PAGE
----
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Sneaking movement in: The airport edition

Make your day harder! I love that slogan when it comes to everyday exercise.

And I do it. I lift weights waiting for the bathroom in a busy house. I run around campus between buildings and the parking lot. I don’t go so far as doing squats, burpees, and lunges while the microwave does its job, or the kettle gets ready to boil, but I admire those who do.

I’ve also incorporated it into my house design, by not making changes. There’s no second story laundry. Instead hampers of clothes get carried down to the basement and back up again.

I also aim to get lots of movement when I travel. I don’t use a suitcase with wheels. Instead, I carry a back pack. Mostly I avoid moving sidewalks. I’m glad they’re there for people with mobility issues and that’s not me. I often take the stairs instead of standing on the escalator. And usually I reach the top first.


The back pack helps. No dragging the wheeled suitcase up the steps.

I’ve written a bit more this here.

There’s one airport though where I do use the escalator. Canadians, can you guess?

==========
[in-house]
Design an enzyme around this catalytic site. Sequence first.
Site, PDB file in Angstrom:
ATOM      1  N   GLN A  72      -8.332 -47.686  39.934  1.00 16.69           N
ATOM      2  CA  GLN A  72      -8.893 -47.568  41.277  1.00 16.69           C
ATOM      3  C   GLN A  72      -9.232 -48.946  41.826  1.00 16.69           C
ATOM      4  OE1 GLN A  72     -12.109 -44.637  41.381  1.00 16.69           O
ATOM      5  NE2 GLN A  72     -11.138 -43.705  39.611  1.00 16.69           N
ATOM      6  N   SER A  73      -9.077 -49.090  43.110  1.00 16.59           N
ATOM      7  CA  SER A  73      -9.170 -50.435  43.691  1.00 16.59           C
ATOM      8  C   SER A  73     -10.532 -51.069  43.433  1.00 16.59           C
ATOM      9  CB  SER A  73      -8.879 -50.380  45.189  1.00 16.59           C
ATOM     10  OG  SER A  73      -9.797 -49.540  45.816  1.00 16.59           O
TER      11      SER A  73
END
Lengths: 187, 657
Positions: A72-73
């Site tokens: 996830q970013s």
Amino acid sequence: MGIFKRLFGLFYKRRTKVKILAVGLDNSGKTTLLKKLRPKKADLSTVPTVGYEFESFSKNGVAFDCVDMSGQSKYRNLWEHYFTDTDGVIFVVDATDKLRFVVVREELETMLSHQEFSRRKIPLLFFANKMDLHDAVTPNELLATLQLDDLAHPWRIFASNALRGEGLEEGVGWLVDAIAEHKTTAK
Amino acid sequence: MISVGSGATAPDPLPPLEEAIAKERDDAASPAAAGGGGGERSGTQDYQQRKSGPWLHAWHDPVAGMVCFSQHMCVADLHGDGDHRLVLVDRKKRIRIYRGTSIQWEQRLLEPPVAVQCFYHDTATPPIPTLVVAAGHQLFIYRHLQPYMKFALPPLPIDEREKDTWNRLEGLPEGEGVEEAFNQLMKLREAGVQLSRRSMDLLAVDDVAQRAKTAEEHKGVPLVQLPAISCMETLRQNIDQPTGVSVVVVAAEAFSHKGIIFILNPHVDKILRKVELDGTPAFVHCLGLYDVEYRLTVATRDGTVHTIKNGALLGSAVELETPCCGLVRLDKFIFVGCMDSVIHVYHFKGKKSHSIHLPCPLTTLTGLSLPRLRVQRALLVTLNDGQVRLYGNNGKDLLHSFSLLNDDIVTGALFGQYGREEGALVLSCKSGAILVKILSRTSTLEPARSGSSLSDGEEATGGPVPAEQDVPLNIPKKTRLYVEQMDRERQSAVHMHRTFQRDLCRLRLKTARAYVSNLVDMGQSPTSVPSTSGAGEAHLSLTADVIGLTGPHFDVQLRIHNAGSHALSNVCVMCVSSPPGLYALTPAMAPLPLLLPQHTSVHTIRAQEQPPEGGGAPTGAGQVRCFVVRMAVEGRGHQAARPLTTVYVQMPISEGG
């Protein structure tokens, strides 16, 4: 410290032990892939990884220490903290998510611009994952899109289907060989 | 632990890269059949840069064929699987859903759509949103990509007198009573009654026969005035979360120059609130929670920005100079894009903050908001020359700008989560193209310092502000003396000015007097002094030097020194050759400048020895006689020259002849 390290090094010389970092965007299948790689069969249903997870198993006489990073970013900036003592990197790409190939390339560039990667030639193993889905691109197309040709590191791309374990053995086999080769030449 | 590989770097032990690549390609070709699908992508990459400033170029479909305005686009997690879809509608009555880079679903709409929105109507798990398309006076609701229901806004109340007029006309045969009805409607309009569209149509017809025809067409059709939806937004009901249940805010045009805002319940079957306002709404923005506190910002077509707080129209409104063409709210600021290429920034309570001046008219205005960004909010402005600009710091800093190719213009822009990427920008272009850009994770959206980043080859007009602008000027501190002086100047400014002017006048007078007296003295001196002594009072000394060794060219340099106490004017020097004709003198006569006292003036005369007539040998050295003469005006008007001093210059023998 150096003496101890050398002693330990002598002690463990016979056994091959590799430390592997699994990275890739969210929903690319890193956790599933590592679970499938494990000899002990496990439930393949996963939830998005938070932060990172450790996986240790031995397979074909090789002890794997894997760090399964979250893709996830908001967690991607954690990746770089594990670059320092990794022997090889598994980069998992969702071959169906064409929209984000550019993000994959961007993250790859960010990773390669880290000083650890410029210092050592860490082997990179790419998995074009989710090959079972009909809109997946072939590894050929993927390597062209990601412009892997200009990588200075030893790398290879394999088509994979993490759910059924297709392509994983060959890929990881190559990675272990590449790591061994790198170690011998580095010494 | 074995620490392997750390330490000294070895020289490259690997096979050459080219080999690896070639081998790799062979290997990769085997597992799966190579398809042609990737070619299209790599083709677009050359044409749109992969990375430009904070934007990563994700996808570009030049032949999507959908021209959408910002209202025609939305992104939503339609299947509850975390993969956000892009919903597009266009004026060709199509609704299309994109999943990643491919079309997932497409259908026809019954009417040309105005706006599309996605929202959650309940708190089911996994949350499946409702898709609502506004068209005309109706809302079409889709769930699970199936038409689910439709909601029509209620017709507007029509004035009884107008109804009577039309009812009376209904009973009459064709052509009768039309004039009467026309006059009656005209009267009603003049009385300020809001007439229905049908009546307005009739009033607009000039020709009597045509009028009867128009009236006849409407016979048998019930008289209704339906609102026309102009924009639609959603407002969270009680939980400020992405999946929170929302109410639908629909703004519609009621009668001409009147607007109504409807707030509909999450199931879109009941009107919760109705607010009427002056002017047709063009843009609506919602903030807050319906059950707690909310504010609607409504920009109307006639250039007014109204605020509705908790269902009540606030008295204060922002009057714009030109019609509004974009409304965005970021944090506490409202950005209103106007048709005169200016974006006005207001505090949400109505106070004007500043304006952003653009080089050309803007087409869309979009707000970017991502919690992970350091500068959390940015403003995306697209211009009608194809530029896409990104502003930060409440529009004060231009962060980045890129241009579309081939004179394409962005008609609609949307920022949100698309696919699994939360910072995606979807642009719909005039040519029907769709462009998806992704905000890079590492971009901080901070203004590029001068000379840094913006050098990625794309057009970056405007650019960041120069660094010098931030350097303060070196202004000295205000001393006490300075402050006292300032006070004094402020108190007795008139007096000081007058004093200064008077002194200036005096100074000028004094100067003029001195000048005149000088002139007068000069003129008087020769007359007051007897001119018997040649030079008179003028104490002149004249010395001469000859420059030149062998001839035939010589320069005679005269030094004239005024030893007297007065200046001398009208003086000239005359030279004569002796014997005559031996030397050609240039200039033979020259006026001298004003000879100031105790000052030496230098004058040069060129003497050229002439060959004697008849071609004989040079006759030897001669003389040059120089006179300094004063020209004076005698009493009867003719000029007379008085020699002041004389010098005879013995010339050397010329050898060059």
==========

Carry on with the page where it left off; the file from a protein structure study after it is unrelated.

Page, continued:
I’m just back from the Eastern Division meeting of the American Philosophical Association. This year it was held in Washington, DC and I flew Porter out of Toronto.

Billy Bishop Airport, I love you. But those steep stairs, not so much. Even the escalator is a bit daunting.




Photos from the Ports Toronto website. Available for download here.

How about you? Brave enough to face these stairs? (I’m not yet) What other strategies do you use while travelling to get some exercise?

4 thoughts on “Sneaking movement in: The airport edition

  1. This is a great post and also great video. One of my two resolutions this year (the other one is to train to get back into cycling shape) is to walk or bike or take public transport every chance I get. The two main commitments are 1) time; and 2) planning. And it’s really about planning, as in Boston, it is often about as easy and quick to bus/subway/walk/bike places as it is to drive/find parking. But it does require some strategic planning. On Saturday, I went to the symphony with friends and had dinner before. I picked a restaurant in Cambridge where it was easy for me to get there via bus/walking (and friends drove to subway station w pkg garage and took the T) and then we could take another bus to symphony hall. This worked really well for all of us. One has to be a little bit creative, but that’s okay.

  2. I wrote a post awhile back about the bikes in the Philadelphia airport. Check it out here

    I want to try those stairs!

  3. I do Aikido stretches and balancing exercises while waiting at the gate. And nothing like a few cancelled/rebooked flights to get in that long power hike! (Newark airport – never again.)

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